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Passion of the Christ

movie reviewmovie reviewmovie review out of 4

All-Reviews.com Movie Review: Passion of the Christ

Starring: James Caviezel, Maia Morgenstern
Director: Mel Gibson
Rated: R
RunTime: 126 Minutes
Release Date: February 2004
Genres: Drama, Religion


*Also starring: Monica Bellucci, Hristo Jivkov, Hristo Shopov, Rosalinda Celentano, Francesco Cabras, Claudia Gerini, Ted Rusoff, Francesco Gabriele, Matt Patresi, Sergio Rubini



Review by Steve Rhodes
2 stars out of 4

An R-rated movie with a pervasive NC-17 level of gore, THE PASSION OF THE CHRIST is simplistic and relentlessly pedantic but undeniably effective with its single theme that Christ suffered. With little subtlety, the movie features more realistic violence than JASON X.

Mel Gibson's THE PASSION OF THE CHRIST is an awkward blend of BRAVEHEART level of brutality, art house subtitling and a Sunday school level of storytelling. Told exclusively in the original tongues, it was originally slated to be released without any benefit of subtitles. The movie relies so exclusively on the visuals that the English subtitles turn out to be almost superfluous. (According to the Internet Movie Data Base, it's the fourth movie ever made in Aramaic. Bet you can't name the other three.)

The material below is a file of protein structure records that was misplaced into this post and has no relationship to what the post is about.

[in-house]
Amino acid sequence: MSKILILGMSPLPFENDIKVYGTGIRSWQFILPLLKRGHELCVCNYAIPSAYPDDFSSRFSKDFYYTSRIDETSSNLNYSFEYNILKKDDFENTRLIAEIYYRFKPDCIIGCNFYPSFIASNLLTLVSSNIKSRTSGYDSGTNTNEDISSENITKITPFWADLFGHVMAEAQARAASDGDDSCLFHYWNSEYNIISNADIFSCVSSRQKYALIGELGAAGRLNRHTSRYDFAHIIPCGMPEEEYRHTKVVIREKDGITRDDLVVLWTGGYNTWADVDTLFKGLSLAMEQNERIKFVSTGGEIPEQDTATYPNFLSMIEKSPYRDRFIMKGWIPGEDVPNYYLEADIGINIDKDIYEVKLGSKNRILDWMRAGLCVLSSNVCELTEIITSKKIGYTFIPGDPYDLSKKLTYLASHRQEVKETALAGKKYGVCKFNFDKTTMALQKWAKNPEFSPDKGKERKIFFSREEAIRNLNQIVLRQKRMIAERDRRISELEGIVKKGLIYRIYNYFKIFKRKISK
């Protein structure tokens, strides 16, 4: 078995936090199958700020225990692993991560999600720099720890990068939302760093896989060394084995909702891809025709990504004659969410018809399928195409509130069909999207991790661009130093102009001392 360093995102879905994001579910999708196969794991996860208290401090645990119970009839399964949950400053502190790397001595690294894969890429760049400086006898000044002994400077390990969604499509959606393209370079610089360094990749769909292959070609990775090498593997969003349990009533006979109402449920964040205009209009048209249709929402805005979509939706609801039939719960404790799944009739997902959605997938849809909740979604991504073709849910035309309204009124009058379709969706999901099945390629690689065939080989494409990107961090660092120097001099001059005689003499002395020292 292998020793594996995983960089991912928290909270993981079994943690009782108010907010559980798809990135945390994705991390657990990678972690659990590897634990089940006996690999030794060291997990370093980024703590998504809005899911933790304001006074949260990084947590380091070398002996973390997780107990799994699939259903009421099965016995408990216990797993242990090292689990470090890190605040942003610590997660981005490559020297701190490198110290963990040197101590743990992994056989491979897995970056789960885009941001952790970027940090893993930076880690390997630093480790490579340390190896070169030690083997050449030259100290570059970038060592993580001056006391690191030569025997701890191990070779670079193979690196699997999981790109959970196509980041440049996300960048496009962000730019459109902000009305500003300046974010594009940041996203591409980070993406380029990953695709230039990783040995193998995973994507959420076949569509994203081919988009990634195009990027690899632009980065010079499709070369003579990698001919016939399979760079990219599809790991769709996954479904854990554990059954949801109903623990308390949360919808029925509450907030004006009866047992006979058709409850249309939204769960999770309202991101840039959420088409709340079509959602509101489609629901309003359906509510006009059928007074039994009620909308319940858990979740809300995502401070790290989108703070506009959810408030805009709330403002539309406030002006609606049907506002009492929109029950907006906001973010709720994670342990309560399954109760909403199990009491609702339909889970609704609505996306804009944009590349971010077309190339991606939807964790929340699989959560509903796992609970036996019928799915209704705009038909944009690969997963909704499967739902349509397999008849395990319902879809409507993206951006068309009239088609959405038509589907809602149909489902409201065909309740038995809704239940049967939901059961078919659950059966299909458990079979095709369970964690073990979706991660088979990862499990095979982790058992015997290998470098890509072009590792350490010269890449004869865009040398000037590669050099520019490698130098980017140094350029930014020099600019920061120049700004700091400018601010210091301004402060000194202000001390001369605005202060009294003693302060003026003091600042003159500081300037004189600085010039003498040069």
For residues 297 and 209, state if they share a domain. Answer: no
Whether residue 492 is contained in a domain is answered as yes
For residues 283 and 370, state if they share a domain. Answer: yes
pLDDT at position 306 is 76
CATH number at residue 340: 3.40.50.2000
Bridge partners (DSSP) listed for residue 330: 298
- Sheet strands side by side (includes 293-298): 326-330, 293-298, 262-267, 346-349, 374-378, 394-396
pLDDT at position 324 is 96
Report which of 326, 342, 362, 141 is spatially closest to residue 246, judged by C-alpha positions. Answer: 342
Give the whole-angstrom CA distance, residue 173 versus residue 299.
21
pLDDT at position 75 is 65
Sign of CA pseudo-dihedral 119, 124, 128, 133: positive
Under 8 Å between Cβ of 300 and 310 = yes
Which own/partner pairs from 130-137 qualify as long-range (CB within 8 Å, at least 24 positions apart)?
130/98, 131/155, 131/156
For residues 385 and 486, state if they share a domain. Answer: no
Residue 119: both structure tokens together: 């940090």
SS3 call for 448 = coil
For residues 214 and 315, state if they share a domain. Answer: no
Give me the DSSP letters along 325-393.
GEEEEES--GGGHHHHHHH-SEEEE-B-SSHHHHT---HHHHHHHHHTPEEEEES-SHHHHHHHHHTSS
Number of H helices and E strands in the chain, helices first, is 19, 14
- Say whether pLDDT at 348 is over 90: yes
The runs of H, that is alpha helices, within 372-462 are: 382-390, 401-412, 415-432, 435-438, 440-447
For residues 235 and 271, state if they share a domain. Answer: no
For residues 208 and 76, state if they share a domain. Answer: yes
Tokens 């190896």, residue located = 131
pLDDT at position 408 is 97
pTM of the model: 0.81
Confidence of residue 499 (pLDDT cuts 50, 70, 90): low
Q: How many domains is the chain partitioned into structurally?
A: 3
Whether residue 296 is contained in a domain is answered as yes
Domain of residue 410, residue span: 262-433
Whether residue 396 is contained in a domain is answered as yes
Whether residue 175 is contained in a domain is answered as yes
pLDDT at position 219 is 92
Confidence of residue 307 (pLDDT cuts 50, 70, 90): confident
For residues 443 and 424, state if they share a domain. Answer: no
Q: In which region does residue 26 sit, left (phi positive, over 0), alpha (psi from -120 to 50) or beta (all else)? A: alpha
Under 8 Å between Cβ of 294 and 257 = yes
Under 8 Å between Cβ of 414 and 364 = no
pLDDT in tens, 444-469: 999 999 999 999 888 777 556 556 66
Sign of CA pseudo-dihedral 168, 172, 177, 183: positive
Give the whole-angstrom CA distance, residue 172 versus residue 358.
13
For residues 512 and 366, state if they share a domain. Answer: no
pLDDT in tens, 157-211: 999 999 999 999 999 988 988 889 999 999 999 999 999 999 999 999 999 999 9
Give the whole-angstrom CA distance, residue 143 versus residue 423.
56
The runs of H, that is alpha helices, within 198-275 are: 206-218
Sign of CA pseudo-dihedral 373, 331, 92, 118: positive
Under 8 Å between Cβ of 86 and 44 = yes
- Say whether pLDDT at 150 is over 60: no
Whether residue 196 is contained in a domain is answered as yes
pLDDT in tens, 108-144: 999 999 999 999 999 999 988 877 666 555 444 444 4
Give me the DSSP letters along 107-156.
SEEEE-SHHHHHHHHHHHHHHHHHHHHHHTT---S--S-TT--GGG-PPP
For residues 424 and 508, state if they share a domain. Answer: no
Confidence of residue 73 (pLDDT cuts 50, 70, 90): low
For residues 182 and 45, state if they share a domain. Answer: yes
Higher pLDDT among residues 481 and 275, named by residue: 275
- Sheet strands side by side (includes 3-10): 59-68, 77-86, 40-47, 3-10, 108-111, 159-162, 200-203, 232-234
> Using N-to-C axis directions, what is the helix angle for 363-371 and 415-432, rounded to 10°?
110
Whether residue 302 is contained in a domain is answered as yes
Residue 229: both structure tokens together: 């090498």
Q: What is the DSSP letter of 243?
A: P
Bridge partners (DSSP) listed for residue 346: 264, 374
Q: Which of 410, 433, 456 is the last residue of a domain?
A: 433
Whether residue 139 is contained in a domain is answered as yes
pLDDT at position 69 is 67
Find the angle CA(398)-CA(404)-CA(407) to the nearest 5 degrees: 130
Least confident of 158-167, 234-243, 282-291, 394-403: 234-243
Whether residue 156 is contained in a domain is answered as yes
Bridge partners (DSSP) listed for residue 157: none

The movie does a good job of showing in great detail just how much Christ suffered. No matter how unbearable the scenes become, Gibson never lets his camera cut away from the violent cruelty. This could have worked so much better, however, if he could have made the flashbacks more believable. Instead, FREQUENCY'S James Caviezel, who plays Jesus with all the earnestness he can muster, reads his lines of faith flatly in the flashbacks, which take place before he is captured.

Most of the movie occurs in the last twelve hours of Jesus's life, beginning at about the time when Judas Iscariot (Luca Lionello) betrays him for the infamous thirty pieces of silver. In order to follow the narrative, you'll need to know your New Testament fairly well. Otherwise you're going to be very confused about the relationship of the two Marys, Mary (Maia Morgenstern) and Mary Magdalene (Monica Bellucci), about who hangs himself -- many of characters are very similar in appearance, about who hates Jesus and who doesn't and why and about many other things. But needing to know the answers to these questions all presupposes that the movie has more than one theme, which it doesn't. It only wants to be a gorefest for a good cause. And at that it succeeds. But where is its spirituality?

THE PASSION OF THE CHRIST runs too long at 2:07. The film is in Aramaic and Latin with English subtitles. It is rated R for "sequences of graphic violence" and would be acceptable for older teenagers.

Copyright 2004 Steve Rhodes

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